Book Image

PostgreSQL 11 Administration Cookbook

By : Simon Riggs, Gianni Ciolli, Sudheer Kumar Meesala
Book Image

PostgreSQL 11 Administration Cookbook

By: Simon Riggs, Gianni Ciolli, Sudheer Kumar Meesala

Overview of this book

PostgreSQL is a powerful, open source database management system with an enviable reputation for high performance and stability. With many new features in its arsenal, PostgreSQL 11 allows you to scale up your PostgreSQL infrastructure. This book takes a step-by-step, recipe-based approach to effective PostgreSQL administration. The book will introduce you to new features such as logical replication, native table partitioning, additional query parallelism, and much more to help you to understand and control, crash recovery and plan backups. You will learn how to tackle a variety of problems and pain points for any database administrator such as creating tables, managing views, improving performance, and securing your database. As you make steady progress, the book will draw attention to important topics such as monitoring roles, backup, and recovery of your PostgreSQL 11 database to help you understand roles and produce a summary of log files, ensuring high availability, concurrency, and replication. By the end of this book, you will have the necessary knowledge to manage your PostgreSQL 11 database efficiently.
Table of Contents (19 chapters)
Title Page
Copyright and Credits
About Packt

Using graphical administration tools

Graphical administration tools are often requested by system administrators. PostgreSQL has a range of tool options. In this book, we'll cover pgAdmin4 and OmniDB, which offers access to PostgreSQL and other databases.

Both of these tools are client applications that send and receive SQL to PostgreSQL, displaying the results for you. The admin client can access many databases servers, allowing you to manage a fleet of servers. Both tools work in standalone app mode and within web browsers.

How to do it…

pgAdmin 4 is usually named just pgAdmin. The 4 at the end has a long history, but isn't that important. It is not the release level; pgAdmin 4 replaces the earlier pgAdmin 3.

When you start pgAdmin, you will be prompted to register a new server. 

Give your server a name on the General tab, and then click Connection and fill in the five basic connection parameters, as well as the other information. You should uncheck the Save password? box:

If you have many database servers, you can group them together. I suggest keeping any replicated servers together in the same server group. Give each server a sensible name.

Once you've added a server, you can connect to it and display information about it.

The default screen is the Dashboard, which presents a few interesting graphs based on the data it polls from the server. That's not very useful, so click on the Statistics tab.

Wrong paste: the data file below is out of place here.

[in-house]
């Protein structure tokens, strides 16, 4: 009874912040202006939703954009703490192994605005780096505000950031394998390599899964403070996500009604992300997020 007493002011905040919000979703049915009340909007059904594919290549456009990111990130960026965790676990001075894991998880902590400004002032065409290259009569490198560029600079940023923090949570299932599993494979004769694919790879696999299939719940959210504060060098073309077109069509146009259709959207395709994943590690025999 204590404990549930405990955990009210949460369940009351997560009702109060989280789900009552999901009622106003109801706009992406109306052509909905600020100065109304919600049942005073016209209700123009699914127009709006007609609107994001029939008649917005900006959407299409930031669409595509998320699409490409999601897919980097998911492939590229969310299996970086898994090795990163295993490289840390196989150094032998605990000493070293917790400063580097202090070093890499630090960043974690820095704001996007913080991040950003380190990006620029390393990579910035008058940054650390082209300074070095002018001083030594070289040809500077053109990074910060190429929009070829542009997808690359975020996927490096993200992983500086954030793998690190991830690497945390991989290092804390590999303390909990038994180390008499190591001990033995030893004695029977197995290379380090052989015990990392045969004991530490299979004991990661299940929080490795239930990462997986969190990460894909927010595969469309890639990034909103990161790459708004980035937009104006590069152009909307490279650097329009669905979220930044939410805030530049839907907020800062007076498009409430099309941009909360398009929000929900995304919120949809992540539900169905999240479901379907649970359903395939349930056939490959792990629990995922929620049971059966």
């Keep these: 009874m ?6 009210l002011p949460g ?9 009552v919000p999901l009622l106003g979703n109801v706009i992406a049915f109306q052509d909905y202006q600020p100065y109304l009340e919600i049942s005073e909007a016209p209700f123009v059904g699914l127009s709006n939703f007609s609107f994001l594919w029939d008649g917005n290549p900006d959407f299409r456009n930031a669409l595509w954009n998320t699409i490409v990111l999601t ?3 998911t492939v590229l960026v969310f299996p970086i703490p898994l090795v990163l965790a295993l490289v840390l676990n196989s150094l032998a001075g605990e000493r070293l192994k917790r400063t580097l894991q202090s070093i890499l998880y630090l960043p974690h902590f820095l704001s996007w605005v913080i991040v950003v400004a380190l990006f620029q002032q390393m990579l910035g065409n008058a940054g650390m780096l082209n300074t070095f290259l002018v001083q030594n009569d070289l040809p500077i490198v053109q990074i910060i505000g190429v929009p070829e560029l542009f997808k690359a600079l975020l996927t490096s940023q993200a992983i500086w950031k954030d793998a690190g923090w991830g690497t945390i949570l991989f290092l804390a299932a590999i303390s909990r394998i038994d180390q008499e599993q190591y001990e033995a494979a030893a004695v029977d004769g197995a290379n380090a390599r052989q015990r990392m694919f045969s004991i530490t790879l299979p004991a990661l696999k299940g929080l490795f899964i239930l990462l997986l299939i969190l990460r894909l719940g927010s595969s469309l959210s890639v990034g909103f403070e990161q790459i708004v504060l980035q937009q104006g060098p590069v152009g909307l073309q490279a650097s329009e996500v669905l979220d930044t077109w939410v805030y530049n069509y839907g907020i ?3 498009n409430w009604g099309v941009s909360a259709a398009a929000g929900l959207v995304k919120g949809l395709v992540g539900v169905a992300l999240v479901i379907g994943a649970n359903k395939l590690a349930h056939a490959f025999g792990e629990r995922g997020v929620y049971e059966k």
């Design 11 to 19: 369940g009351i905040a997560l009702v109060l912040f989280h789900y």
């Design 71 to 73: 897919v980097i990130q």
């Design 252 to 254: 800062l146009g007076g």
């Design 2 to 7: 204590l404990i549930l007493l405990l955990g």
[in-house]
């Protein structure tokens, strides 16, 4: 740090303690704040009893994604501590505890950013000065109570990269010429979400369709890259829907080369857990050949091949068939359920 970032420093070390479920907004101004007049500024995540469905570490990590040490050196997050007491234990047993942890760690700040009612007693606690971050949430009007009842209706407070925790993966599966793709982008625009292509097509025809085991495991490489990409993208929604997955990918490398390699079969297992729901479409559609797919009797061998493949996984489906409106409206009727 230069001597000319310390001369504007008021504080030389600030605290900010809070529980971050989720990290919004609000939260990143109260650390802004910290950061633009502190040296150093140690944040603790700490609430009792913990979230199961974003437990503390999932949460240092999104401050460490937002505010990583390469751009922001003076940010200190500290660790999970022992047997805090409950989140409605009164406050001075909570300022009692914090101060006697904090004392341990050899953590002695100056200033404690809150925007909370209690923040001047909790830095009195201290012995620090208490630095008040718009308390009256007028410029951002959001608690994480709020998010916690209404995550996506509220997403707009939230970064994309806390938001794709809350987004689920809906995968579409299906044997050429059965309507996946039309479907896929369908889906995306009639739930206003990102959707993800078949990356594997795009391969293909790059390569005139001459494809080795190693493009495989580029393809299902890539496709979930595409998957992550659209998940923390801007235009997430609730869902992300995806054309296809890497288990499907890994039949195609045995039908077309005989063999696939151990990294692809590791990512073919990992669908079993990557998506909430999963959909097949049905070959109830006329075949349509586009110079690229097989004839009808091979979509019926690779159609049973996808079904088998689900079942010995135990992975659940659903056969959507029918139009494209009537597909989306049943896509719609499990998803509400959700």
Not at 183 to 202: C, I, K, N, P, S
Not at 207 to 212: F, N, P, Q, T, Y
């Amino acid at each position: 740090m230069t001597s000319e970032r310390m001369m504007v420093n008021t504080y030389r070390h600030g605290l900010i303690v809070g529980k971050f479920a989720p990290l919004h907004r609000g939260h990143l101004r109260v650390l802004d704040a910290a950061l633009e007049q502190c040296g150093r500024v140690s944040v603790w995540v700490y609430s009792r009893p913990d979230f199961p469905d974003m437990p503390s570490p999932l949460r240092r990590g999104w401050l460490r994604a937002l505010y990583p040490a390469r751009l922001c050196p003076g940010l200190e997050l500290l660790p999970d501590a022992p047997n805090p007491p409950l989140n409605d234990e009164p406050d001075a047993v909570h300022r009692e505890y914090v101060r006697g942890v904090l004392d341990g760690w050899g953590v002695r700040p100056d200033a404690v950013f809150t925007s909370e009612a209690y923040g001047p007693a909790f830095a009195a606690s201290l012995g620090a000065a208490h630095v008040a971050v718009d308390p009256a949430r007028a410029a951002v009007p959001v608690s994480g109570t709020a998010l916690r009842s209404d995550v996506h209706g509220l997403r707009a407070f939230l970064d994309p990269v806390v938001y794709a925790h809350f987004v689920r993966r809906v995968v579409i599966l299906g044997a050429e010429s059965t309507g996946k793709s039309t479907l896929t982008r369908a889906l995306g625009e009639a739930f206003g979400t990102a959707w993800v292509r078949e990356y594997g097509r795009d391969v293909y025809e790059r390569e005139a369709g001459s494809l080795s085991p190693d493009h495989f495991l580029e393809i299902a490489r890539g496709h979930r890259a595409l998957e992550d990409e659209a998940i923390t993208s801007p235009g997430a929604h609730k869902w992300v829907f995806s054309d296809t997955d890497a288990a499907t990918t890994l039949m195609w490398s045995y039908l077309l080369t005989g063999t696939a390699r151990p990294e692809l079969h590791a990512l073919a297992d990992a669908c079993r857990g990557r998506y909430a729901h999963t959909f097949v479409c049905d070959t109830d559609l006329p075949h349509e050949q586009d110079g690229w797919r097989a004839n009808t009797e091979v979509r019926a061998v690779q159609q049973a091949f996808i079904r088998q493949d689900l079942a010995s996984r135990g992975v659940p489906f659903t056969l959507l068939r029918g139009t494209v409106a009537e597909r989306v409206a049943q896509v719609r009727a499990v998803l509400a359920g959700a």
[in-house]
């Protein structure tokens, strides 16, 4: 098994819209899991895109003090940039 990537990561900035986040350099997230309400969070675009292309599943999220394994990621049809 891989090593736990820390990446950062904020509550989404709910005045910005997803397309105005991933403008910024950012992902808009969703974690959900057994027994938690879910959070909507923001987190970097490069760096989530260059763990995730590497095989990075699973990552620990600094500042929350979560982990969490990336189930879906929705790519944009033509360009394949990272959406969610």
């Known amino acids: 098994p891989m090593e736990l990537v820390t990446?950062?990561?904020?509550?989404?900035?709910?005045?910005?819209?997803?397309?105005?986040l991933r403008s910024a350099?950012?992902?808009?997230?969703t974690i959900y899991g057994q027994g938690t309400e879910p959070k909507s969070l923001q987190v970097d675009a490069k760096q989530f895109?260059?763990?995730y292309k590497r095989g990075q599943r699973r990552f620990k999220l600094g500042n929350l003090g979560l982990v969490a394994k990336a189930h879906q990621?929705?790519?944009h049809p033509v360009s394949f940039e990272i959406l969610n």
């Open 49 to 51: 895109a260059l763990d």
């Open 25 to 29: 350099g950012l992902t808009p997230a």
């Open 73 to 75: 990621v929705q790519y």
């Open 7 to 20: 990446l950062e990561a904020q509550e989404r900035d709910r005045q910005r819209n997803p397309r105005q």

You will then get access to the main browser screen, with the object tree view on the left and statistics on the right, as shown in the following screenshot:

pgAdmin easily displays much of the data that is available from PostgreSQL. The information is context-sensitive, allowing you to navigate and see everything quickly and easily. The information is not dynamically updated; this will occur only when you click to refresh, so bear this in mind when using the application.

pgAdmin also provides Grant Wizard. This is useful for DBAs for review and immediate maintenance:

The pgAdmin query tool allows you to have multiple active sessions. The query tool has a good-looking visual Explain feature, which displays the EXPLAIN plan for your query:

How it works…

pgAdmin provides a wide range of features, many of which are provided by other tools as well. This gives us the opportunity to choose which of those tools we want. For many reasons, it is best to use the right tool for the right job, and that is always a matter of expertise, experience, and personal taste.

pgAdmin submits SQL to the PostgreSQL server, and displays the results quickly and easily. As a browser, it is fantastic. For performing small DBA tasks, it is ideal. As you might've guessed from these comments, I don't recommend pgAdmin for every task.

Scripting is an important technique for DBAs. You keep a copy of the task executed, and you can edit and resubmit if problems occur. It's also easy to put all the tasks in a script into a single transaction, which isn't possible using the current GUI tools. pgAdmin provides pgScript, which only works with pgAdmin, so it is more difficult to port. For scripting, I strongly recommend the psql utility, which has many additional features that you'll increasingly appreciate over time.

Although I recommend psql as a scripting tool, many people find it convenient as a query tool. Some people may find this strange, and assume it is a choice for experts only. Two great features of psql are the online help for SQL and the tab completion feature, which allows you to build up SQL quickly without having to remember the syntax. See the Using the psql query and scripting tool recipe for more information.

pgAdmin also provides pgAgent, which is a task scheduler. Again, more portable schedulers are available, and you may wish to use those instead. Schedulers aren't covered in this book.

A quick warning! When you create an object in pgAdmin, the object will be created with a mixed case name if you use capitals anywhere in the object name. If I ask for a table named MyTable, the only way to access that table is by referring to it in double quotes as MyTable. See the Handling objects with quoted names recipe in Chapter 5, Tables and Data: